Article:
What happens when Pentecost happens? That’s our week’s question. What happens is that community happens? That’s our week’s answer. How does community happen? We’ll look at a fourth characteristic today. Again, the passage:
They devoted themselves to the apostles’ teaching and to the fellowship, to the breaking of bread and to prayer. Everyone was filled with awe, and many wonders and miraculous signs were done by the apostles. All the believers were together and had everything in common. Selling their possessions and goods, they gave to anyone as he had need. Every
day they continued to meet together in the temple courts. They broke
bread in their homes and ate together with glad and sincere hearts, praising God and enjoying the favor of all the people. And the Lord added to their number daily those who were being saved.
There are a number of elements involved when Luke says the early messianists were “together.”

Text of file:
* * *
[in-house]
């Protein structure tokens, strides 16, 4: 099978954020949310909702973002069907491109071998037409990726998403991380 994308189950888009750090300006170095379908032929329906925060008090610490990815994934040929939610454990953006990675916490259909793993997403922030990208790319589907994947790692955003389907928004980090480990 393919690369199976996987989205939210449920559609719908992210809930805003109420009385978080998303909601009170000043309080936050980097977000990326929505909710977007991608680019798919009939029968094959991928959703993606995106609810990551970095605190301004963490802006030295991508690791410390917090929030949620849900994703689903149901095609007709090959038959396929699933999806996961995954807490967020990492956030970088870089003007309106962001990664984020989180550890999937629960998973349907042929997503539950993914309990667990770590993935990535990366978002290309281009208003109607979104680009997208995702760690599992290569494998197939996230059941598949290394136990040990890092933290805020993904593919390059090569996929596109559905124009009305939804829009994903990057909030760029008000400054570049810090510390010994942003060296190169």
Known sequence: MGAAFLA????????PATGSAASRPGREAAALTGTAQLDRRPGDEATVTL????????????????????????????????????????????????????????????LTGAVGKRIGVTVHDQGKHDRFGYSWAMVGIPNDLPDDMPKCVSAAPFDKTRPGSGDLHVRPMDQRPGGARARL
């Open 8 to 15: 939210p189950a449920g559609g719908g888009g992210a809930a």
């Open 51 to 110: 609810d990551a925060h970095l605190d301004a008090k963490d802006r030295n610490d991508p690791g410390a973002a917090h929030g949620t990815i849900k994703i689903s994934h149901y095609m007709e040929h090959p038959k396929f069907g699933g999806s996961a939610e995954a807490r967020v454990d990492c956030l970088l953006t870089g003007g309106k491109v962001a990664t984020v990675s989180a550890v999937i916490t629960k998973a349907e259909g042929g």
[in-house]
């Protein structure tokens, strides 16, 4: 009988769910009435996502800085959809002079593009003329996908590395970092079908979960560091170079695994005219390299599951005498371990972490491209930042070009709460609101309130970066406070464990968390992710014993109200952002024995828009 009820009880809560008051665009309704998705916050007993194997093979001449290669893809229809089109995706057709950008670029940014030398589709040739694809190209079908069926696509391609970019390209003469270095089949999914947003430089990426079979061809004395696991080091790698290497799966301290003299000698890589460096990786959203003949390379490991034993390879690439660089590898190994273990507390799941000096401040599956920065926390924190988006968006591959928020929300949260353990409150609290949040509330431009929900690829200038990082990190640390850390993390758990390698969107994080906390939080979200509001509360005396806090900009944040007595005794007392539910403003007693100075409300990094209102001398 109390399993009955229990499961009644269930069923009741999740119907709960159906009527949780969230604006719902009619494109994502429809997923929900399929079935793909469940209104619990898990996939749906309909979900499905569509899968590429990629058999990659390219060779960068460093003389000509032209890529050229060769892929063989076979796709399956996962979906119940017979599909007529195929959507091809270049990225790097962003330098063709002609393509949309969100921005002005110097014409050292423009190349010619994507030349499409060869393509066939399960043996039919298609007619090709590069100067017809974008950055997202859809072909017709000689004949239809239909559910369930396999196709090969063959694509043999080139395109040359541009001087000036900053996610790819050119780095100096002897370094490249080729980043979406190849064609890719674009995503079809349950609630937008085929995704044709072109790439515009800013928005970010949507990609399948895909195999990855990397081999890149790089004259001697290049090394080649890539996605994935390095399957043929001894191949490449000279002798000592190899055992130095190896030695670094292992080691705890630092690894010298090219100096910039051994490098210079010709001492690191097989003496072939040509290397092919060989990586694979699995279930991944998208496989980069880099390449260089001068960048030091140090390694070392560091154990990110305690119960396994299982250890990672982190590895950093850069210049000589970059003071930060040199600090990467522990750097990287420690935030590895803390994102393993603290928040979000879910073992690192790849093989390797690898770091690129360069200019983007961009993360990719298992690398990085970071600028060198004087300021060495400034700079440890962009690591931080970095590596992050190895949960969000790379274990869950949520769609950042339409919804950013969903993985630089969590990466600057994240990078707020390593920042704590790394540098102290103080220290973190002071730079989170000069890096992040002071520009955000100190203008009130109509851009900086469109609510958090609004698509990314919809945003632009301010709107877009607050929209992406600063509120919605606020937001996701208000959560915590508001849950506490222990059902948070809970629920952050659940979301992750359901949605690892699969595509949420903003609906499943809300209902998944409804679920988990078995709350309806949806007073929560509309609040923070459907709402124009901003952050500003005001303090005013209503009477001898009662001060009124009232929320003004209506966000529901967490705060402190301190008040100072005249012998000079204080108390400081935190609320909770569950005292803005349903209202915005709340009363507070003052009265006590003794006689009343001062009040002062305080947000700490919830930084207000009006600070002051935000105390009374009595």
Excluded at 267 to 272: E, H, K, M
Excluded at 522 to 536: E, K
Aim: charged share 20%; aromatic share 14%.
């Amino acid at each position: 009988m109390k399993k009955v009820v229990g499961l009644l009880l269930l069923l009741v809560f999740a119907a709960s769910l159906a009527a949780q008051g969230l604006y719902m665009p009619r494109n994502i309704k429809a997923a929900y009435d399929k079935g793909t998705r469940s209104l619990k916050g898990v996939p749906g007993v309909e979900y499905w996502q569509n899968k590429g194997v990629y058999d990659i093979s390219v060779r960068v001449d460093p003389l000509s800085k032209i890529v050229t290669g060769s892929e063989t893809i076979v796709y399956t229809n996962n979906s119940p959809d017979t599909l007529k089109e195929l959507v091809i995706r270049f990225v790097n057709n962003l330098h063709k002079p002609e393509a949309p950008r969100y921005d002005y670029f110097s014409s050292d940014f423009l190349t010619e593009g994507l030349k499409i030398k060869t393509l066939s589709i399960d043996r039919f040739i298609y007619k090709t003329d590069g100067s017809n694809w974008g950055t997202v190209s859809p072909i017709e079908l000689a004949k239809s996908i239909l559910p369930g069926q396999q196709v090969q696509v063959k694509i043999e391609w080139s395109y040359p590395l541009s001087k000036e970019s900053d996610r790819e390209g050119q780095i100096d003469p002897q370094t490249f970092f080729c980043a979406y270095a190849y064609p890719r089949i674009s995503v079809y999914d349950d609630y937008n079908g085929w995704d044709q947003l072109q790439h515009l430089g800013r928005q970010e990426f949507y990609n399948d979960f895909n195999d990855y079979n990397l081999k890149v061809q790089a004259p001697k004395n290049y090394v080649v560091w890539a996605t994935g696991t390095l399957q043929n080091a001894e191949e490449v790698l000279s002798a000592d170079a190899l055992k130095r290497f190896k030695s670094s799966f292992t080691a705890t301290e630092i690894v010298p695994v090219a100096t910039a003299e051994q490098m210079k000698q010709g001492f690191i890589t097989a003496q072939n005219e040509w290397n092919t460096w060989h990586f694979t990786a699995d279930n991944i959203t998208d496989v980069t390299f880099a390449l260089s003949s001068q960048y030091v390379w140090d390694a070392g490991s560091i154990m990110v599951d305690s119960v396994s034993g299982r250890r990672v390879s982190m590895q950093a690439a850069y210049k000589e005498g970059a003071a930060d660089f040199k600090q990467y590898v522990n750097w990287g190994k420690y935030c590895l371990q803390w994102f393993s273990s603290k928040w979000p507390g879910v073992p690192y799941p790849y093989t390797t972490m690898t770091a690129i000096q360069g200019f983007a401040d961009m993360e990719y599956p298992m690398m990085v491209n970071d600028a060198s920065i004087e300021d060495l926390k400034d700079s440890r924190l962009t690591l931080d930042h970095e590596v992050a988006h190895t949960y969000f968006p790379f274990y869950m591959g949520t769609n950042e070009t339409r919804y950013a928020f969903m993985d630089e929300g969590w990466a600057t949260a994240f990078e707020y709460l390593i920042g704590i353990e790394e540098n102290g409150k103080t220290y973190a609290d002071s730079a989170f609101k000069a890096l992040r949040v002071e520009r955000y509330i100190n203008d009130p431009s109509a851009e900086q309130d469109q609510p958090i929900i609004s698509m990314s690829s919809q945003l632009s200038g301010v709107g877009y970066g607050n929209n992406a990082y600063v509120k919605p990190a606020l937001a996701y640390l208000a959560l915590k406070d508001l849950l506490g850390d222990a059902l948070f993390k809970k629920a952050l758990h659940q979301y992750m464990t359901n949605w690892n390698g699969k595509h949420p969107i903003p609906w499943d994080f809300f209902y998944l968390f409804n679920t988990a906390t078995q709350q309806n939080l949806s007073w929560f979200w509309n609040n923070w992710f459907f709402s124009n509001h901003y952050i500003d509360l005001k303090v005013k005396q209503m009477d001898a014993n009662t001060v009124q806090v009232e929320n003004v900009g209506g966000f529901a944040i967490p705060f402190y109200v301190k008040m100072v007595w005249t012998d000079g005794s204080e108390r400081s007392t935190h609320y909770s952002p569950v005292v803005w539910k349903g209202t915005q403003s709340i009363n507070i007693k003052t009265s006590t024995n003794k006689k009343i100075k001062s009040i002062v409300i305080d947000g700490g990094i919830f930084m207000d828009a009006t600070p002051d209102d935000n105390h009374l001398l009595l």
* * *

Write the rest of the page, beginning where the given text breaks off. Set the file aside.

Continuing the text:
The fourth characteristic of what happens when Pentecost comes on the messianists is that they did life together (“living together” doesn’t sound right). Every day they met in the temple courts; every day they ate with one another; every day they were enjoying the people’s favor.
This “everydayness” is notable and distinctive. This wasn’t a Sunday-at-church fellowship, but a daily fellowship that was leading to daily conversions. This doesn’t seem to be forced or required but instead prompted by God’s Spirit at work among them.
What happens when Pentecost happens? Pentecost is designed by God to turn individualists into fellowship-ists. The family becomes the family of God and family becomes the focus. It is both a public family and a private fellowship family.
They were swept into praising God for what God was doing, which is what Pentecost is all about: what God does.